The Classical Dictionary of the Vulgar Tongue, by Francis Grose in 1796, contains the phrase, “He cut off his nose to be revenged of his face.” It refers to the act of injuring one’s self to harm
someone else. The phrase has evolved into the warning, Don’t cut off your nose to spite your face, which sums up one of the greatest challenges of influence—trying to offer helpful solutions to someone who seems bent on taking the path that is most harmful to themselves. Indeed, it is frustrating to try to influence a good outcome when the other person is clearly incapable of understanding that you are only thinking of what is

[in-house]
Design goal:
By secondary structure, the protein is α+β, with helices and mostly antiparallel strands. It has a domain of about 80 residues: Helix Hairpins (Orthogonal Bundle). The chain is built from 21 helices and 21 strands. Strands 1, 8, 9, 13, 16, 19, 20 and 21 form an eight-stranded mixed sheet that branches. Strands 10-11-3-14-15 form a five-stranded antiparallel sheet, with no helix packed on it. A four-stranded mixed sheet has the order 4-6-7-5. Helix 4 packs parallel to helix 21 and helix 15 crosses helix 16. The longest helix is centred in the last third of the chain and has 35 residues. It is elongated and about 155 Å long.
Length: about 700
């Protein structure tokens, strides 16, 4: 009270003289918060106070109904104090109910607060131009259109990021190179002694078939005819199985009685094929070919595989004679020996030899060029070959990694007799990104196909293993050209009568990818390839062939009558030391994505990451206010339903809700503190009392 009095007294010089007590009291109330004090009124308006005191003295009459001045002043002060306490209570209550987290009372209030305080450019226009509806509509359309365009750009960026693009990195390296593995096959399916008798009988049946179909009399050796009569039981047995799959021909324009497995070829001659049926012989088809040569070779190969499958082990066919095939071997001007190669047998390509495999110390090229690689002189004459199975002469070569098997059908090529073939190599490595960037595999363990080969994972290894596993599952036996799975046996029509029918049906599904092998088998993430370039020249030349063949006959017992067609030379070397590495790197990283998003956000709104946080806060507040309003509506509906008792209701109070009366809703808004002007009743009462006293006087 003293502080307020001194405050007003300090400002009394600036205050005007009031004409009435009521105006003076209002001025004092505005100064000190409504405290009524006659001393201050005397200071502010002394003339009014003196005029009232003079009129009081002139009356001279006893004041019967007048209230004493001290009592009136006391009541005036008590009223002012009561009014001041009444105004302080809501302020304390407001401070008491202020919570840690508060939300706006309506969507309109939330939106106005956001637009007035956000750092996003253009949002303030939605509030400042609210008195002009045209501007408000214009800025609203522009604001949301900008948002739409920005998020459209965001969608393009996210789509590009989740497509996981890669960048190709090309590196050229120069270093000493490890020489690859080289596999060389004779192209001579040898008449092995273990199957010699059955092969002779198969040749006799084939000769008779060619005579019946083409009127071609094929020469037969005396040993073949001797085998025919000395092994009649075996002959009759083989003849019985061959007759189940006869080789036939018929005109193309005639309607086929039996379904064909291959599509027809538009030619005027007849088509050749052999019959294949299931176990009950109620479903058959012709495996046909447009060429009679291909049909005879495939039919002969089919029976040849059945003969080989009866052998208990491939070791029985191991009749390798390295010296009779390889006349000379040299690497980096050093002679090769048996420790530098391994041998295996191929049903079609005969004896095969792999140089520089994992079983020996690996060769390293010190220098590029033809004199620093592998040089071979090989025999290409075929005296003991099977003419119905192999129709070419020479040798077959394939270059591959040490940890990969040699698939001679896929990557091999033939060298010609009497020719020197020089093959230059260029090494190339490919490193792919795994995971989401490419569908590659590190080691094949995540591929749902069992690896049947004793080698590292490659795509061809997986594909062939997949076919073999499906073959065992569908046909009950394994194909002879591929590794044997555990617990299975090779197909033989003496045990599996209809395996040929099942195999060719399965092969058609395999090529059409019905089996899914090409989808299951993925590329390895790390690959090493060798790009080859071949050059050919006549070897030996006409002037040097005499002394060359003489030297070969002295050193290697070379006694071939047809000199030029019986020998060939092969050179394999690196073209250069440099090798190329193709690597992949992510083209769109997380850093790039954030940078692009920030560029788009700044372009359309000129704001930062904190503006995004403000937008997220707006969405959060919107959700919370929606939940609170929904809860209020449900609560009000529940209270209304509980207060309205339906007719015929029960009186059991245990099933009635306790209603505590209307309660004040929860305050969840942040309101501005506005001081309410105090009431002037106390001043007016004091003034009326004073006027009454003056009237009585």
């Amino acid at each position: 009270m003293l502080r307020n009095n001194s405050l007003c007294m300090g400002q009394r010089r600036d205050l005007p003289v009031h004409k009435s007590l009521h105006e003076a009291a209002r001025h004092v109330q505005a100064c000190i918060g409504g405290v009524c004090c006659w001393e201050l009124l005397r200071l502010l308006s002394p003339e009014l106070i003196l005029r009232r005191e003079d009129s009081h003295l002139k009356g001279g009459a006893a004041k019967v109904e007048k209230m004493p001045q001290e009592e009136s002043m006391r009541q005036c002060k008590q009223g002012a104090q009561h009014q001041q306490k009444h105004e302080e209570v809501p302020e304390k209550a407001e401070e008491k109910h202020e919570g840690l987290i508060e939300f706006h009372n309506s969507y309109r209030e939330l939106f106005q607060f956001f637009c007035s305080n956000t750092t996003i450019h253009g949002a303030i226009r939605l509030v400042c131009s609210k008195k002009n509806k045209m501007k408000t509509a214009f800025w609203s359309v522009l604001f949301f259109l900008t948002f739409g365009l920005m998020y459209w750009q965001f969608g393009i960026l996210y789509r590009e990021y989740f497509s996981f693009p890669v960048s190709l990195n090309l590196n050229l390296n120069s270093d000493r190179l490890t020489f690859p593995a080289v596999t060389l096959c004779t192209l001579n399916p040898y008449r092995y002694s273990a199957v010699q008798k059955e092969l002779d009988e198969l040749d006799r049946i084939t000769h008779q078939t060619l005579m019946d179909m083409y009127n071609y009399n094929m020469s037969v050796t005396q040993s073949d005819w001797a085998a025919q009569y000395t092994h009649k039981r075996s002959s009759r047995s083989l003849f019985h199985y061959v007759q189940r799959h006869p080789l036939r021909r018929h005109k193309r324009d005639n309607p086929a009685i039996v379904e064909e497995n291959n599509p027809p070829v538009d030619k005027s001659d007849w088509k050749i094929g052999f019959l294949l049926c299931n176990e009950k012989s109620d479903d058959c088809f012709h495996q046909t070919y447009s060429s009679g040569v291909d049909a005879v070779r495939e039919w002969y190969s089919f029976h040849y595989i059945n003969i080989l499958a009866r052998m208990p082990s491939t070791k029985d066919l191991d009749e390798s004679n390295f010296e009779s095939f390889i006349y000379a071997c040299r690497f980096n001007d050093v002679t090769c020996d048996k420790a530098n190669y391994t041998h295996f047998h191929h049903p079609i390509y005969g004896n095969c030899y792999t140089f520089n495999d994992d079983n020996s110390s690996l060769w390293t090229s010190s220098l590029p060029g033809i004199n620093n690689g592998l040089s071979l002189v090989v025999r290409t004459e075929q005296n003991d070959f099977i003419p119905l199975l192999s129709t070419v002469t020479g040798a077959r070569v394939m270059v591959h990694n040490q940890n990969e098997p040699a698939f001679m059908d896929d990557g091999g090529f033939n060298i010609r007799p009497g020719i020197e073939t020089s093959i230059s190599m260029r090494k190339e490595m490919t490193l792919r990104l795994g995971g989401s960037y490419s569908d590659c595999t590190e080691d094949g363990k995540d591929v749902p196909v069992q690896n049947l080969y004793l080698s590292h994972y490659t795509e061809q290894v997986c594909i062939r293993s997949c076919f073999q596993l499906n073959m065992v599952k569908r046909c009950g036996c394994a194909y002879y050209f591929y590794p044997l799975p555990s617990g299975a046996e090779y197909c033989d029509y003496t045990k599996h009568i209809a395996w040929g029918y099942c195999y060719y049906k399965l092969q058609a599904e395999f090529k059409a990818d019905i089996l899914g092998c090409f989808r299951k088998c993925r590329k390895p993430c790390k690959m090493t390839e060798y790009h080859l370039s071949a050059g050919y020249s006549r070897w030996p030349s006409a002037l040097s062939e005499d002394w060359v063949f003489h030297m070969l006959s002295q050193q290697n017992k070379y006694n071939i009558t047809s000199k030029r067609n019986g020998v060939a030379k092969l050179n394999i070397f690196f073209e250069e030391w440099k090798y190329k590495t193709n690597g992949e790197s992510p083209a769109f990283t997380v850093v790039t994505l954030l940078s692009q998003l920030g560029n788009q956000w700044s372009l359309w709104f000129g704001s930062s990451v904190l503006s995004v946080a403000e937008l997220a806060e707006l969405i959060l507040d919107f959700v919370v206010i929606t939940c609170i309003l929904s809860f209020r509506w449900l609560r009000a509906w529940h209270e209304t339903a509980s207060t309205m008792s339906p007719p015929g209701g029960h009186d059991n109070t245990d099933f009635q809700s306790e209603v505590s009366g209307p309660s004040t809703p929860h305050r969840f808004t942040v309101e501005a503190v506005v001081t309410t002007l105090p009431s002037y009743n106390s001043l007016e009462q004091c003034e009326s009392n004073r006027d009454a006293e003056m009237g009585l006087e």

best for them. If only everyone else would just trust that we have their best interests at heart.
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